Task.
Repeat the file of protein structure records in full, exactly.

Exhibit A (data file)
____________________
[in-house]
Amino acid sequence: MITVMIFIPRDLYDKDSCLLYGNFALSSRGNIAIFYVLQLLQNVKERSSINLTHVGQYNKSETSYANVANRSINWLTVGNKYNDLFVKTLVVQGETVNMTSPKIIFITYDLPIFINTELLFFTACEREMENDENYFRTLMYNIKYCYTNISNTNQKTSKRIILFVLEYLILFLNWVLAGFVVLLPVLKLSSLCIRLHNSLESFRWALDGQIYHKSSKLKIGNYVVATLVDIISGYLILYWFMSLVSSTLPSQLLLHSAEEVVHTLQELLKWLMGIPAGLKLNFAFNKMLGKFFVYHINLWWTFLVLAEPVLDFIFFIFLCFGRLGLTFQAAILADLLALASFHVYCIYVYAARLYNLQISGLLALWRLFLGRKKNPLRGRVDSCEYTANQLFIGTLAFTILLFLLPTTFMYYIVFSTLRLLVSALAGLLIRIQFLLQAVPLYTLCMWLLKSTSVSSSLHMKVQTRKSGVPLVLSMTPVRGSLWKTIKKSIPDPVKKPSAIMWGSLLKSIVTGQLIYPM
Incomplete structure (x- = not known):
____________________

[in-house]
Amino acid sequence: MITVMIFIPRDLYDKDSCLLYGNFALSSRGNIAIFYVLQLLQNVKERSSINLTHVGQYNKSETSYANVANRSINWLTVGNKYNDLFVKTLVVQGETVNMTSPKIIFITYDLPIFINTELLFFTACEREMENDENYFRTLMYNIKYCYTNISNTNQKTSKRIILFVLEYLILFLNWVLAGFVVLLPVLKLSSLCIRLHNSLESFRWALDGQIYHKSSKLKIGNYVVATLVDIISGYLILYWFMSLVSSTLPSQLLLHSAEEVVHTLQELLKWLMGIPAGLKLNFAFNKMLGKFFVYHINLWWTFLVLAEPVLDFIFFIFLCFGRLGLTFQAAILADLLALASFHVYCIYVYAARLYNLQISGLLALWRLFLGRKKNPLRGRVDSCEYTANQLFIGTLAFTILLFLLPTTFMYYIVFSTLRLLVSALAGLLIRIQFLLQAVPLYTLCMWLLKSTSVSSSLHMKVQTRKSGVPLVLSMTPVRGSLWKTIKKSIPDPVKKPSAIMWGSLLKSIVTGQLIYPM
Incomplete structure (x- = not known):